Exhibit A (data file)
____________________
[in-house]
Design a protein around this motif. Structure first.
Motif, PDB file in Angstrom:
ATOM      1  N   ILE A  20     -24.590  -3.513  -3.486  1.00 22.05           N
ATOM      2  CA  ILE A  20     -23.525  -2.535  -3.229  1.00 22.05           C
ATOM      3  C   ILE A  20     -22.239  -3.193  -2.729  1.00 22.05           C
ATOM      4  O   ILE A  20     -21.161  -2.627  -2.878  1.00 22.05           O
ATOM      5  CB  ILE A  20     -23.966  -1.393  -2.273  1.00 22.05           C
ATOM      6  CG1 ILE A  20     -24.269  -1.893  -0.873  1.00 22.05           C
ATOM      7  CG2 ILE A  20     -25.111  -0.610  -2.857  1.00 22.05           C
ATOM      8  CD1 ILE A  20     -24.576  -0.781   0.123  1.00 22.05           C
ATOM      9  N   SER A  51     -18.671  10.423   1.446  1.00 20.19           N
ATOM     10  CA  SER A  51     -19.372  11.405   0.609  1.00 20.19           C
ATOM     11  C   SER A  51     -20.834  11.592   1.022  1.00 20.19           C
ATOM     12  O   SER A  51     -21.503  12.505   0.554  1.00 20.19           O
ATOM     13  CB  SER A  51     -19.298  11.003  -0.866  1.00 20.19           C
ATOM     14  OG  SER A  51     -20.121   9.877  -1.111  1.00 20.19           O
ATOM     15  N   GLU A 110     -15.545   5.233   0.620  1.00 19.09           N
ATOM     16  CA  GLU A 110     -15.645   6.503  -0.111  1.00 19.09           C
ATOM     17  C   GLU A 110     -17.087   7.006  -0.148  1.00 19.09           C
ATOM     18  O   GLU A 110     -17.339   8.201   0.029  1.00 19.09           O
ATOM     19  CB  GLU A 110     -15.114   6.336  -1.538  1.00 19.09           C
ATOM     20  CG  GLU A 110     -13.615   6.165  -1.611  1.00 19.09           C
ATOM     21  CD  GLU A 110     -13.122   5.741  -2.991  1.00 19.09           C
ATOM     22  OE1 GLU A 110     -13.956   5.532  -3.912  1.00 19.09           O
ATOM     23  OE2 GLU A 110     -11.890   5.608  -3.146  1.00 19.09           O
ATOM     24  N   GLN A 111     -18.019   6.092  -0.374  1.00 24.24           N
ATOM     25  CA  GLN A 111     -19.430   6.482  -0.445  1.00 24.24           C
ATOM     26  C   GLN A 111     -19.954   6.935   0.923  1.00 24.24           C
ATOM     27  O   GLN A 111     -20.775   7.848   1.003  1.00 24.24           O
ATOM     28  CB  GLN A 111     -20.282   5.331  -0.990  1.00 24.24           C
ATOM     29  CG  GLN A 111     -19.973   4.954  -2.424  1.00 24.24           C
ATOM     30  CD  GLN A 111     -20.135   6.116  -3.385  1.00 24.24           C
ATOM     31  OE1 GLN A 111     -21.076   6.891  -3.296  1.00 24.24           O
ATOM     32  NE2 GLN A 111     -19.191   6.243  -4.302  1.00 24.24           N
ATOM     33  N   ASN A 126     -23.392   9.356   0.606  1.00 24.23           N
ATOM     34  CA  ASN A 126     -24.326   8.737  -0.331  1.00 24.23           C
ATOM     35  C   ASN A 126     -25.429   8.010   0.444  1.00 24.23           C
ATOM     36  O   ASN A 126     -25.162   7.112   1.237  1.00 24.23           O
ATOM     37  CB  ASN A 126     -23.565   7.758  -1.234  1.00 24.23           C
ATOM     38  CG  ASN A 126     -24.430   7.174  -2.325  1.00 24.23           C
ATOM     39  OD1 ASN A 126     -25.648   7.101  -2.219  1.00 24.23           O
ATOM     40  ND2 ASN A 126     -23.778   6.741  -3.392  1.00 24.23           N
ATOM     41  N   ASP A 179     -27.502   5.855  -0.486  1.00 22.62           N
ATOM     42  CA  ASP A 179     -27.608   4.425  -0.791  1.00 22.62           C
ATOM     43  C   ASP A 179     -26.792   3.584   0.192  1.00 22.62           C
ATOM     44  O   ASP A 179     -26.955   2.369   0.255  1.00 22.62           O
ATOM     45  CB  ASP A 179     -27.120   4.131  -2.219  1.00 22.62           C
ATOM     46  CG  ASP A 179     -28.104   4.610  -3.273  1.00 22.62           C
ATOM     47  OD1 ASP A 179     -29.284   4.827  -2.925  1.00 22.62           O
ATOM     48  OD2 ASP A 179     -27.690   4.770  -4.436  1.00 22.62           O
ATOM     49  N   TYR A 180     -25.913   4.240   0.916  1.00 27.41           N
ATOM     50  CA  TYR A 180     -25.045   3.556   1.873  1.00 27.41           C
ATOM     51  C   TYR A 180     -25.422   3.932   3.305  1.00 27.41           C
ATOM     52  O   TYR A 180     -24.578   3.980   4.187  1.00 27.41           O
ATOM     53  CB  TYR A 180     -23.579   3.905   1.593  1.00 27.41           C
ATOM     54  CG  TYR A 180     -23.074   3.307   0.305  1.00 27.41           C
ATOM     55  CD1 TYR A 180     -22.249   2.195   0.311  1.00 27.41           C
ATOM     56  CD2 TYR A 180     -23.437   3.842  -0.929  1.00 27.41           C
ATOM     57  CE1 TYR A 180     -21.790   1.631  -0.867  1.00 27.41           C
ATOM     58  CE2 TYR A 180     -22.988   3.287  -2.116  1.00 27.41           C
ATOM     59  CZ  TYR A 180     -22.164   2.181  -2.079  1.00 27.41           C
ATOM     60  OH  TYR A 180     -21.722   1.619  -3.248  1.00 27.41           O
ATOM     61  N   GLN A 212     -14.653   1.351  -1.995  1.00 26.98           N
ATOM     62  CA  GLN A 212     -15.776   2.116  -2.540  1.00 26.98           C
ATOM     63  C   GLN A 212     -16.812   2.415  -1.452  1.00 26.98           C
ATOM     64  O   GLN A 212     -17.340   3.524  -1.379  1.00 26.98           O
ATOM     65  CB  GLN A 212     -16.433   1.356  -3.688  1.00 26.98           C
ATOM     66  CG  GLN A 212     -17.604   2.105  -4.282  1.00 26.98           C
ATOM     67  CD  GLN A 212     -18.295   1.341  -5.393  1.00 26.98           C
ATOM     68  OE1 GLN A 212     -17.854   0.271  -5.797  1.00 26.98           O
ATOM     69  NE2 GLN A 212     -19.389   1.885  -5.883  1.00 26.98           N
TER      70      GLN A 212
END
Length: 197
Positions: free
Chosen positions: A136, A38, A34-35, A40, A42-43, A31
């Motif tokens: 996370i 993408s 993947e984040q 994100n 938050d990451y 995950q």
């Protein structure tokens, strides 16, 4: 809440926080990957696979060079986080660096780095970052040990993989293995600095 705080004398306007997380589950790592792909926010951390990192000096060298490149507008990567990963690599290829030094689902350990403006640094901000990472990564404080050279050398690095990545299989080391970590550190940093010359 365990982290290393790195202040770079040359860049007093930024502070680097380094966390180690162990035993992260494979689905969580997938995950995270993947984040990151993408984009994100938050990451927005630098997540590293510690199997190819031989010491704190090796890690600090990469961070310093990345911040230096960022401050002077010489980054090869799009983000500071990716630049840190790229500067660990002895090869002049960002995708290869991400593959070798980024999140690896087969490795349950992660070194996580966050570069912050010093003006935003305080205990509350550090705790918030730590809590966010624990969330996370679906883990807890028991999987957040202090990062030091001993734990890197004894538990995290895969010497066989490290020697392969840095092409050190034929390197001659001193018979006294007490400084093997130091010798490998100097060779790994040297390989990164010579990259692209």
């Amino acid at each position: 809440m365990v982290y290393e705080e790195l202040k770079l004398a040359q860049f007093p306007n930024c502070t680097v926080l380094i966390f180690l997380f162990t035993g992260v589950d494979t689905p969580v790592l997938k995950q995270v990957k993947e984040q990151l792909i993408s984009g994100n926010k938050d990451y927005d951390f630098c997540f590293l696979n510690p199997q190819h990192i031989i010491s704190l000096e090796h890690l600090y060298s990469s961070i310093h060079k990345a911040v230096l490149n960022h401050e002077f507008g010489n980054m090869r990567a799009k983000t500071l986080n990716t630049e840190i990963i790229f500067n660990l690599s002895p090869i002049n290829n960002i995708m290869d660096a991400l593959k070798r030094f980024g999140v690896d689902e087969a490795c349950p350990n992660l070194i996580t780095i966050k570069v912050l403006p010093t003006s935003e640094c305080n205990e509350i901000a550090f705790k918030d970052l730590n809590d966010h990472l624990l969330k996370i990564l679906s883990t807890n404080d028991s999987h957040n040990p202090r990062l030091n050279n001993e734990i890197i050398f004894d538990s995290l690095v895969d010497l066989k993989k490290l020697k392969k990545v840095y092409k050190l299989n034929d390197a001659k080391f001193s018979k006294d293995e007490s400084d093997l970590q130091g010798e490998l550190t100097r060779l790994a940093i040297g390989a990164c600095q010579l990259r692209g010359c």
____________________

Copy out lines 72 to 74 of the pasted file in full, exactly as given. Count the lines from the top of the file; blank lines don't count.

ATOM     69  NE2 GLN A 212     -19.389   1.885  -5.883  1.00 26.98           N
TER      70      GLN A 212
END